Forster is also one of the founding members of last man to die, an interdisciplinary arts collective based in Canberra. Last Man To Die devised several works, ranging from installations to theatrical performances that have been exhibited nationally. Their recent work “Last Man to Die was performed at the street theatre (ACT), Blue room Theatre (WA) and was include as part of under the radar at the Brisbane Festival 2010.
Josh Howard is an emerging contemporary artist that specifies in site-specific interactive installation work. His work focuses on providing spaces and situations in which performances are made. He works with many materials-from mud bricks to cardboard-but in his approach he takes the notion of mediums literally and considers the production of sensations of connection to be his “real” work. His approach is playful, but he aims to be evocative. He has exhibited in Perth, Lismore, Brisbane, Woodford and Amsterdam. He is currently undertaking his Honors year of study at the Queensland Collage of the Arts. He intends to pursue his PhD after he completes his honors degree and is planning a return trip to exhibit again in Europe in 2012.
A celebrated sculptor and installation artist, Bennet Miller received international attention for his Dachshund U.N project. He regularly creates awe-inspiring installations, notably the Golf War series (2003-2007) that retold Iraq war narratives through 9 playable mini golf courses. As a contributor to IASKA’s Spaced Program, he will work with Greyhounds in Bakers Hill to develop another work for 2011.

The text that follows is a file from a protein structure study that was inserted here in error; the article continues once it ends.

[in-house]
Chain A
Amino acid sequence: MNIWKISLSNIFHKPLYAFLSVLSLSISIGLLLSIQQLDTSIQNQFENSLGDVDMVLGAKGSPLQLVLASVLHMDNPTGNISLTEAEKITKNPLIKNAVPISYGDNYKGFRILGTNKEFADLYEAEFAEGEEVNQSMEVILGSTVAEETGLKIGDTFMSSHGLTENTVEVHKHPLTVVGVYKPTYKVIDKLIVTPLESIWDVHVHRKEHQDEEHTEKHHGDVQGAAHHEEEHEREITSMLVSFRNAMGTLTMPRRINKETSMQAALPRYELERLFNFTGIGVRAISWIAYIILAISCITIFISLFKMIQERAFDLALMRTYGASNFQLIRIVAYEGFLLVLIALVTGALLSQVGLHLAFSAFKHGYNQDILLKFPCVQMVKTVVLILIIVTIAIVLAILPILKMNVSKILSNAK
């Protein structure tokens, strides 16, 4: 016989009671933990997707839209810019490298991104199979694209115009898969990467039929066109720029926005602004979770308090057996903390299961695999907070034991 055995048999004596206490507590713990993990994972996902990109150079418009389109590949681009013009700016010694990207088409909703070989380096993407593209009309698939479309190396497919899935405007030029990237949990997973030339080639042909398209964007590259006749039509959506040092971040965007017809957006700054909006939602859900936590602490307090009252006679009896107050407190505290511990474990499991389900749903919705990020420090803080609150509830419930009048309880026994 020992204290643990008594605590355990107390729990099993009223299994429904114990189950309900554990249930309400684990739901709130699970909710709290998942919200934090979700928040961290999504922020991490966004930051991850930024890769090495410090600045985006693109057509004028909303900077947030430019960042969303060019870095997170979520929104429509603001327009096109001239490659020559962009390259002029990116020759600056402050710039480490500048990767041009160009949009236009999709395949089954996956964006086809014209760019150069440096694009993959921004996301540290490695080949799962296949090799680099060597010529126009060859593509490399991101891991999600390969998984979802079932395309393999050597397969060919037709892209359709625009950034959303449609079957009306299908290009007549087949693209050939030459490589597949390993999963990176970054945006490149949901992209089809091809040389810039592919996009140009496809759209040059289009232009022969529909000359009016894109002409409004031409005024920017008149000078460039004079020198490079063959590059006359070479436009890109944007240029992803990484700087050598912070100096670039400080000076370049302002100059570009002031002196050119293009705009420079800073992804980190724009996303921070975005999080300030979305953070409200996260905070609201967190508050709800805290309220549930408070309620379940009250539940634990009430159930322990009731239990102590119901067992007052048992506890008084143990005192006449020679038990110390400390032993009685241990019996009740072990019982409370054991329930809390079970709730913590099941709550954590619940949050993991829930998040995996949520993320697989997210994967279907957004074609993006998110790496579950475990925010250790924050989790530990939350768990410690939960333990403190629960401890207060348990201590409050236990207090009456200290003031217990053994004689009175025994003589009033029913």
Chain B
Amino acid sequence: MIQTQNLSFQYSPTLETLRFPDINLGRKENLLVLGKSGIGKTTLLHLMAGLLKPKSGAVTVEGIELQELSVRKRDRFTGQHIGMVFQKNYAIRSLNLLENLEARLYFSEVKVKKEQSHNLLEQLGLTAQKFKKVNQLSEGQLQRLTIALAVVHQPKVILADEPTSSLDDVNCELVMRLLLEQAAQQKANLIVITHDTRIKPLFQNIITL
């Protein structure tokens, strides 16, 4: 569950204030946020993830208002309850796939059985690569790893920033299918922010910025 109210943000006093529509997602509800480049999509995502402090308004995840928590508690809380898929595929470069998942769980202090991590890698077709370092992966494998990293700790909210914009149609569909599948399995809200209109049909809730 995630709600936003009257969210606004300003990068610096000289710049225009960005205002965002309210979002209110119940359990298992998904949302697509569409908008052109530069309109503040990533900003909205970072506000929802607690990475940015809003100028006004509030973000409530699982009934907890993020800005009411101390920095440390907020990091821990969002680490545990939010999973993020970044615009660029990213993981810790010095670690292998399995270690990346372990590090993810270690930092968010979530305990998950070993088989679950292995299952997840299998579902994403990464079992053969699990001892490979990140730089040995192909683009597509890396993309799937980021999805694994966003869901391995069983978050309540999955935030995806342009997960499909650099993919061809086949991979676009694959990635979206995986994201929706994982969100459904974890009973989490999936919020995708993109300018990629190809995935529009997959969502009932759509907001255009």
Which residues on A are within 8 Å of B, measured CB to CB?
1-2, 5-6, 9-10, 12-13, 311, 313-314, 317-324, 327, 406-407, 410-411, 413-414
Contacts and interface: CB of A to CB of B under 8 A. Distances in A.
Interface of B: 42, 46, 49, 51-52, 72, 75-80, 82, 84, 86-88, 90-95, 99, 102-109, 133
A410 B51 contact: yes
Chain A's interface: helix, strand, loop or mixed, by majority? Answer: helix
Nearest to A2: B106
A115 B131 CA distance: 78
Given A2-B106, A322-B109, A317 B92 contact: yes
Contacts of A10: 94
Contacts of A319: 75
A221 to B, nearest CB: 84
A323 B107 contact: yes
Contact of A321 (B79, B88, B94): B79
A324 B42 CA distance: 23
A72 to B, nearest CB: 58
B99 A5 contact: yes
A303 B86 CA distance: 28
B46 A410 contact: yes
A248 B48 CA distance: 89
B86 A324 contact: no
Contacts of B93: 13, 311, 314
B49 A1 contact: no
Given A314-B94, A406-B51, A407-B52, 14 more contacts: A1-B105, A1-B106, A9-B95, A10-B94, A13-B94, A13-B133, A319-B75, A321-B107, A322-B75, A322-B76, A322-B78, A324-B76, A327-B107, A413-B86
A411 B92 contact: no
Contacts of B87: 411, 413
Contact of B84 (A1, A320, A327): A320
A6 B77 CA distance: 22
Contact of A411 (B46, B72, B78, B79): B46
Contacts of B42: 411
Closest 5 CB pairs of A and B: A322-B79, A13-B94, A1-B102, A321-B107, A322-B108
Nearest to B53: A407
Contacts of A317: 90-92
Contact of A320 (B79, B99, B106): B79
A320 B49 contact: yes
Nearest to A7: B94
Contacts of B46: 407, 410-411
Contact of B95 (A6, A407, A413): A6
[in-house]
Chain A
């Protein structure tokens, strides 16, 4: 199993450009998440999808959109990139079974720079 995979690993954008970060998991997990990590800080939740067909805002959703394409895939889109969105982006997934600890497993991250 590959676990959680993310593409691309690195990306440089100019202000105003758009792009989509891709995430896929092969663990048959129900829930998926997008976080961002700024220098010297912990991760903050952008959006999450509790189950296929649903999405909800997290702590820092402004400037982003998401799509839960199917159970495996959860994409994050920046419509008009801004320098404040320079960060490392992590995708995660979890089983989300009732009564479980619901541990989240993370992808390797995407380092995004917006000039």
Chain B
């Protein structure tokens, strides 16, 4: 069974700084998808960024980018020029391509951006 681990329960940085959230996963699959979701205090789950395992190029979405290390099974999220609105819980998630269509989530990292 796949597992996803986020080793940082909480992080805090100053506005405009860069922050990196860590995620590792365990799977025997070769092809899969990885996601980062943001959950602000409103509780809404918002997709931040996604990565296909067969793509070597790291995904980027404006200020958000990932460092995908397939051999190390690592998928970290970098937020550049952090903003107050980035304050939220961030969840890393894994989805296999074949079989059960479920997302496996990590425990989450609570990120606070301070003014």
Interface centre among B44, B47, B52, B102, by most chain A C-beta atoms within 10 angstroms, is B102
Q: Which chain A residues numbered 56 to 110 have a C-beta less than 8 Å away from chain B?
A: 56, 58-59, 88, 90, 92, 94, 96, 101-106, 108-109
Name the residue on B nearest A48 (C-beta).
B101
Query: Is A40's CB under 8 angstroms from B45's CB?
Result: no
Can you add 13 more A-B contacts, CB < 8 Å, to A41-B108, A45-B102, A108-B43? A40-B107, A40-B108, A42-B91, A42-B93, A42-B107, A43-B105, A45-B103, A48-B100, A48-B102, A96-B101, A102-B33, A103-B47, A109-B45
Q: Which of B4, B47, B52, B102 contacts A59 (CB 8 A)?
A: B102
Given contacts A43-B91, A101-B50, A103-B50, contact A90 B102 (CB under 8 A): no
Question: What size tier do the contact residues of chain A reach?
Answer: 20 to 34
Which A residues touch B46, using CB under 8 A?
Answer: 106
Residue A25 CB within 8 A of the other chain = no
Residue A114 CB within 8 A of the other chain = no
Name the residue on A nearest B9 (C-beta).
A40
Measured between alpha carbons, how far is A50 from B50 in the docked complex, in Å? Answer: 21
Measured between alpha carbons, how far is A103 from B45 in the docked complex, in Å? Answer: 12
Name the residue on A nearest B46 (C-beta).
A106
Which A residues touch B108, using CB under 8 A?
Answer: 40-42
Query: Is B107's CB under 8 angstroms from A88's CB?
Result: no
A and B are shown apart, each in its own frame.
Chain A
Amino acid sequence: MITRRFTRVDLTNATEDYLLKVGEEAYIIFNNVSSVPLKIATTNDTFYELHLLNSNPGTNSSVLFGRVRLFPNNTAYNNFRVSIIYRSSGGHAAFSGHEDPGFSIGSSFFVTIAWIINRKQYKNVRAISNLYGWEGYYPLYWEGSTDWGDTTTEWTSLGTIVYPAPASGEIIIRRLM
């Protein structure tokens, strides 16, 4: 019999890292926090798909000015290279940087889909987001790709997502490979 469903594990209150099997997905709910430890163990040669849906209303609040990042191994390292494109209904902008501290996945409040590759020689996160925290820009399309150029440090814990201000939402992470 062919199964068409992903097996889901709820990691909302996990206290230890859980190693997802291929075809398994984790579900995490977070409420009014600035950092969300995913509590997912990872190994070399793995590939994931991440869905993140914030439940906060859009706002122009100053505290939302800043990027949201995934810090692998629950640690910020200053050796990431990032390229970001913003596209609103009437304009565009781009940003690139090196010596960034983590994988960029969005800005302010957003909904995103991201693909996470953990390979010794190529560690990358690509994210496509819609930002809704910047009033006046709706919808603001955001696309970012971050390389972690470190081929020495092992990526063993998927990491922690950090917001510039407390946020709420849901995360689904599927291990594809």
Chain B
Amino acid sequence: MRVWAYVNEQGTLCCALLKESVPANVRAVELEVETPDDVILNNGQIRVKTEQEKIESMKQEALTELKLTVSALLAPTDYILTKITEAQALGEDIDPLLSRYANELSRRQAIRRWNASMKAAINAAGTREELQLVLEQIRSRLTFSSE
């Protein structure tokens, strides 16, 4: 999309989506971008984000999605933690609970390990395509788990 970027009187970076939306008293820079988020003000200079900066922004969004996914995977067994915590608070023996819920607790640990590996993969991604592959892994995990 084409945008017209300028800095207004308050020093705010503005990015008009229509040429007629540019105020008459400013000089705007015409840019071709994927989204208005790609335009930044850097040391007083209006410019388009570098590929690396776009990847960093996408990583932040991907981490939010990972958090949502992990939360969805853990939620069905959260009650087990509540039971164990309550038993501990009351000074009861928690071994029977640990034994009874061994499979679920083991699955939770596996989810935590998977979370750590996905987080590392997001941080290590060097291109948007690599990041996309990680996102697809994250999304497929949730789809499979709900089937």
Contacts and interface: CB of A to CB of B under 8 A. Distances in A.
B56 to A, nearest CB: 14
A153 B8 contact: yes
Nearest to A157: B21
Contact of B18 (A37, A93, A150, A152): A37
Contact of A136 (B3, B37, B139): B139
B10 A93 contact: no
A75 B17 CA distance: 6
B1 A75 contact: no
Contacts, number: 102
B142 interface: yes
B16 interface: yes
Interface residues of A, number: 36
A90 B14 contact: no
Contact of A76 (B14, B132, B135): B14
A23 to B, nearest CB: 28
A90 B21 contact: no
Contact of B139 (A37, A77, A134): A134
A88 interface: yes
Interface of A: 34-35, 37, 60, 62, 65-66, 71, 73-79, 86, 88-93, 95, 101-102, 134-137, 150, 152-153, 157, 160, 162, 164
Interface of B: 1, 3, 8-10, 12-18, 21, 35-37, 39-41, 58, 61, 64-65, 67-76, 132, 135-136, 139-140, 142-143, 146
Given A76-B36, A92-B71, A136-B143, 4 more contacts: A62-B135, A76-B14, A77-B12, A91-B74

Dan Nunan is a landscape architect who recently started a practice called Pollen Studio that specializes in public domain design and public art consultancy.
Dan is interested in developing artworks that broaden people’s understanding of public domain by actively engaging people’s minds and bodies.
He recently coordinated a Live Art project called The Urban pollinators at the 2010 Melbourne Fringe Festival. The Urban Pollinators was a series of site installations developed by RMIT students that challenged the way we think about the future open spaces of our ever-densifying cities. The installation was accessed by a system of navigation that turned the project into a city scale game of urban orienteering.
Dan has also worked on large-scale public domain projects that included public art as a major component. These include Artplay Playground, Birrarung Marr for the City of Melbourne and Frankston Foreshore Park and Pier.
Dan has an enthusiasm for contemporary design, which has seen him teach at RMIT and Melbourne Universities and has had articles published in Australian landscape architecture journals.
Having a dual practise as a Painter/Installation Artist and Scenic Painter Clare Thackway creates immersive worlds that incorporate the physical presence of the viewer/participator’s body and the painted body. Her interests lie in using and transgressing the vocabulary associated with tradition of figurative painting with a consideration of the body within a contemporary social context. On the one hand, questioning the social structures in which we live, and on the other challenging the nature and place of painting itself with in contemporary culture. Concentrating on the "figure in space" she plays on the reality of a painting as an object and the psychological value of the body represented.